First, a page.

Alexander is a PhD student at GSI and a member of the ALICE TPC upgrade group. While writing his thesis, due by the end of November, he had his first shift as Run Manager.
After three years spent at CERN working on the Time Projection Chamber (TPC) upgrade, Alexander Deisting has gone back to his home institution, GSI in Darmstadt (Germany), to finalize his PhD thesis. Recently he returned for a short time and covered his first shift as Run Manager in the ALICE control room.
Alexander studied physics at the University of Bonn and completed his Master’s course with a thesis on the improvement of background suppression in one of the gaseous detectors of the CERN Axion Solar Telescope (CAST) experiment.
Then he enrolled in the PhD programme of GSI, where he found he could do a thesis on hardware, building on his previous experience with gaseous detectors. He entered the ALICE experiment and joined the group working on the upgrade of the TPC for the Run 3, which will start in 2021 after the long shutdown of the LHC. The accelerator will then provide lead-lead collisions at a higher interaction rate (50 kHz); to exploit these the TPC will be equipped with new readout chambers, based on stacks of gas electron multiplier (GEM) chambers, which will allow for continuous readout and guarantee a performance as high as that achieved with the current TPC. In order to ensure that these chambers are stable while operated at the LHC, studies of the discharge behaviour were performed. Alexander carried out these tests, inducing discharges in prototype detectors, equipped with one or two GEMs. He also tested various gas mixtures to investigate the ion mobility and, thus, the space charge density of positive ions in the drift chamber of the detector. He compared the results of these measurements with simulations that he realized using the software tools ANSYS and Garfield. “I enjoyed the atmosphere both at GSI and in ALICE,” comments Alexander. “I like that in such a large collaboration you have a continuous turnover, with new people joining and bringing in new ideas and fresh perspectives. I think this is very positive for the experiment.”
During these years at CERN, Alexander has also got familiar with the ALICE Run Control Centre, where he has covered the role of Shift Leader and, now, of Run Manager. “I enjoyed more the experience as Run Manager, since this role gives you more flexibility. You have to keep an eye on everything, but you can also work on your research or go home when everything is running smoothly. On the contrary, the shift leader has to sit in the control room and keep his attention on the run even when nothing special is happening. Of course, it is better when no problems occur, but it can be boring.”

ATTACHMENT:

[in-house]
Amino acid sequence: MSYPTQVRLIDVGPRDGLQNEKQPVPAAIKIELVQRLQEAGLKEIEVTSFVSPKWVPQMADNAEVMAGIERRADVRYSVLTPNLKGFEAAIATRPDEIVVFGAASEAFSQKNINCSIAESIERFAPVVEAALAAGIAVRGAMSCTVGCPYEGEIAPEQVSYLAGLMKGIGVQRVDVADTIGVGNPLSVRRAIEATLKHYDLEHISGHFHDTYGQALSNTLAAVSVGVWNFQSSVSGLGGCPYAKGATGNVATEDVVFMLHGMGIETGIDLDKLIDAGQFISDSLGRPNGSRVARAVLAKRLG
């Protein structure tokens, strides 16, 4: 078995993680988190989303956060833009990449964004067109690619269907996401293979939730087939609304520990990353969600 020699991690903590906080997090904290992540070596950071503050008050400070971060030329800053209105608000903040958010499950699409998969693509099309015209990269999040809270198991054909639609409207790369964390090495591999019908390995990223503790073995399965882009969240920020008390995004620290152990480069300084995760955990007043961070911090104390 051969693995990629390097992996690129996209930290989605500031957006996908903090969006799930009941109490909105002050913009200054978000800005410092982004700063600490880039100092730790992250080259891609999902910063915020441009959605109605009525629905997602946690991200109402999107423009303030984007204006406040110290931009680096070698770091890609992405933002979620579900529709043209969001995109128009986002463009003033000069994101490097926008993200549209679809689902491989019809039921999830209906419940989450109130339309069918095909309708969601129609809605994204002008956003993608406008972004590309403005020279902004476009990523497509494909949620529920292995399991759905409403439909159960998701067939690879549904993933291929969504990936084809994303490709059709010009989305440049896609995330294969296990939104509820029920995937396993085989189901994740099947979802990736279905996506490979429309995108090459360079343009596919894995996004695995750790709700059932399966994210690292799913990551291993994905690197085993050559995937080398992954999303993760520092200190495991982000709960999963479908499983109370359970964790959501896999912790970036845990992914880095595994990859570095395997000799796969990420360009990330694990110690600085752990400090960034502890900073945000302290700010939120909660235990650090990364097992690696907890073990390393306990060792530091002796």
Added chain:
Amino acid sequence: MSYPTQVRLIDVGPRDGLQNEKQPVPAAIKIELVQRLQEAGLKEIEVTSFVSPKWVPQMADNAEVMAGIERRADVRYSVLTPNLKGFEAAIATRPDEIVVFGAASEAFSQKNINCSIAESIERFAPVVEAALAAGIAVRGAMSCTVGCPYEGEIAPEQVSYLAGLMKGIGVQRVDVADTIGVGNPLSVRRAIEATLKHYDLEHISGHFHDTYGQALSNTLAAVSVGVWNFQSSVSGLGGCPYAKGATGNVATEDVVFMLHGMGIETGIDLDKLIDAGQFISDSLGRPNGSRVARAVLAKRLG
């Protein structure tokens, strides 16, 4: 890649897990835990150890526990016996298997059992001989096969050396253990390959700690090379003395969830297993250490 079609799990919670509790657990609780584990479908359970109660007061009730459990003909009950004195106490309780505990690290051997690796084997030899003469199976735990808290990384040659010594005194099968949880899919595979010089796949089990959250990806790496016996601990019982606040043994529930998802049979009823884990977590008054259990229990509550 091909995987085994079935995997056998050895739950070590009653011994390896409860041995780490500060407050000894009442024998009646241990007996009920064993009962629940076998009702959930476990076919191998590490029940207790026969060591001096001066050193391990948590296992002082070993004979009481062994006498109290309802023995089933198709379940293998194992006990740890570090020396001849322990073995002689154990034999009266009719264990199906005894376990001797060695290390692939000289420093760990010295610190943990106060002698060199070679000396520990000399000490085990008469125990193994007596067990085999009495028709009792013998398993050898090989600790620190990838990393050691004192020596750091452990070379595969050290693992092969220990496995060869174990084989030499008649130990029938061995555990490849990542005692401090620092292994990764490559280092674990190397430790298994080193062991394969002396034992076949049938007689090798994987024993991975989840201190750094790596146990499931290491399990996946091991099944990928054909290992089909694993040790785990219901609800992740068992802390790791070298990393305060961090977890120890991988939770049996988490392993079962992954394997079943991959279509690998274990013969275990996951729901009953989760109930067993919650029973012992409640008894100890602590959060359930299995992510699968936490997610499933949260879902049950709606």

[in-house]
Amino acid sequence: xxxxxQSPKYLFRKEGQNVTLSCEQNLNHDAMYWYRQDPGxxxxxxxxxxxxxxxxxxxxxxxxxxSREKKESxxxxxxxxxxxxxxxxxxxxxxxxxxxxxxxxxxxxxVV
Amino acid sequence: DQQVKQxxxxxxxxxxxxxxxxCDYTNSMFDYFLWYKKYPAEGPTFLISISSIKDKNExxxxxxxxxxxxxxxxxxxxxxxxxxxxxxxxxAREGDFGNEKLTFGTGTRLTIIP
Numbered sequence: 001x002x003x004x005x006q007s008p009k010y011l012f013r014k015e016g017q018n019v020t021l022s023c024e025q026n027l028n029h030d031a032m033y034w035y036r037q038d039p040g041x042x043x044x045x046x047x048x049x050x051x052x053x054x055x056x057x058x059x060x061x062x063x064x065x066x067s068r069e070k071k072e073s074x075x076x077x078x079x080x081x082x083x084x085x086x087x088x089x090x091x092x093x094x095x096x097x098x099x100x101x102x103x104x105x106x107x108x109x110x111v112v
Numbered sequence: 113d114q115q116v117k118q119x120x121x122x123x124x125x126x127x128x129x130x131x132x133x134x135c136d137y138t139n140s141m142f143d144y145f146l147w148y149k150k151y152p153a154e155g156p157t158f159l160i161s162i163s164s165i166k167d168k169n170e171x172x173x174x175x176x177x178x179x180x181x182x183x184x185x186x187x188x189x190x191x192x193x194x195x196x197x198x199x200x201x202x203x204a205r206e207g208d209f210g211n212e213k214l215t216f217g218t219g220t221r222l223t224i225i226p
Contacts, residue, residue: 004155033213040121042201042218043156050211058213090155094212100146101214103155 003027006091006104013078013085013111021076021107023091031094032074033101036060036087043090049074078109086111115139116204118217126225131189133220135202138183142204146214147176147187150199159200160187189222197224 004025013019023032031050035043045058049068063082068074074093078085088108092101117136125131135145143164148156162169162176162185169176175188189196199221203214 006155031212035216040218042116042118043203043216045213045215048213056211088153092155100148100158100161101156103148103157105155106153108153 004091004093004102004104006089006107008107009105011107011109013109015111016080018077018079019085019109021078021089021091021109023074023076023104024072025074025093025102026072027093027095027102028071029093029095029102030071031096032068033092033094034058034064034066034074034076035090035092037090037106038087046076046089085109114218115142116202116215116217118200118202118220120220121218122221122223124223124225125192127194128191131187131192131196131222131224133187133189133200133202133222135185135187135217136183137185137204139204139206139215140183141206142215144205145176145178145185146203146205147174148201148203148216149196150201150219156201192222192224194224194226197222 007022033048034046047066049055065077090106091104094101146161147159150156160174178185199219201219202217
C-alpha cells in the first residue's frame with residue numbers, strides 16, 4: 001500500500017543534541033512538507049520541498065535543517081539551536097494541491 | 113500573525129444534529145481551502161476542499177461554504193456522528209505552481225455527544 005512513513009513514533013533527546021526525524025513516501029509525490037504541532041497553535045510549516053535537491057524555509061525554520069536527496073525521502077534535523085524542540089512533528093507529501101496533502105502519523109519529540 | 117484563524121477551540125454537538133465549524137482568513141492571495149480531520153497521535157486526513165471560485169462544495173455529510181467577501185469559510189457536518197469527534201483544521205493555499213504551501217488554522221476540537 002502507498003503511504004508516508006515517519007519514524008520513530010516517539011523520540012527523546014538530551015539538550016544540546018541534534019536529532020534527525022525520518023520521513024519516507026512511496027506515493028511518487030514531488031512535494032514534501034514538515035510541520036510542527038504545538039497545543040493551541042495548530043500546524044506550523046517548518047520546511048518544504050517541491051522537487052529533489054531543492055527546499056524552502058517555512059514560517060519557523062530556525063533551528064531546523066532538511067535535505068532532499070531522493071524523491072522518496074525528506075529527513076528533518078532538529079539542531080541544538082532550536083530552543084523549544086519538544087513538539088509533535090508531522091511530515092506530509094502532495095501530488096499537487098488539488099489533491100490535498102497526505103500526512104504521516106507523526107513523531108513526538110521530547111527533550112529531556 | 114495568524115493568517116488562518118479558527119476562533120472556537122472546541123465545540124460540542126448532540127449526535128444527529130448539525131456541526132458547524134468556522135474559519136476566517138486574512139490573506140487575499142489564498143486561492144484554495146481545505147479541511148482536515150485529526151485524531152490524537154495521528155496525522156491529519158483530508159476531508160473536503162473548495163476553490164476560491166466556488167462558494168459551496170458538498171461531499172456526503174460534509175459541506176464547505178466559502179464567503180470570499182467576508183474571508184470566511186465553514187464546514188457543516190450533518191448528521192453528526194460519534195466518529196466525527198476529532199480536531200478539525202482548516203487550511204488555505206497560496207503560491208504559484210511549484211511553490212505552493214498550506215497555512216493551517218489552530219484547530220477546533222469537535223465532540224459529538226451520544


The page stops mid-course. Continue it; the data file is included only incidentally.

Alexander has now taken a break from work because he has to focus on the writing of his thesis, which has to be submitted by the end of the month, even though the defence will not happen before February. “Once the PhD is concluded,” he explains, “first of all I will take some vacations, thing that I didn’t do after my Master’s degree. Then, I will look around for a postdoc position.” For the moment, he wants to remain in the research field; he is not attracted to industry, business or finance. He might stay in ALICE, since there is still a lot to do for the upgrade of the TPC, but he might also consider other opportunities, in particular since he would like to be able to work and live in the same region as his girlfriend.
He has taught only a little up to now, but he will probably have to do it more if he goes for a postdoc. “I think it can be interesting, but I also know that doing research and teaching at the same time is complicated. They are competing activities in terms of time allocation, in particular considering that I would need to prepare the lessons. I would probably get stressed trying to keep up with both things and obtain satisfactory results in both.”
During his spare time, Alexander likes to go running, taking photos or bouldering, but in these days all his energy is drawn by finishing his thesis.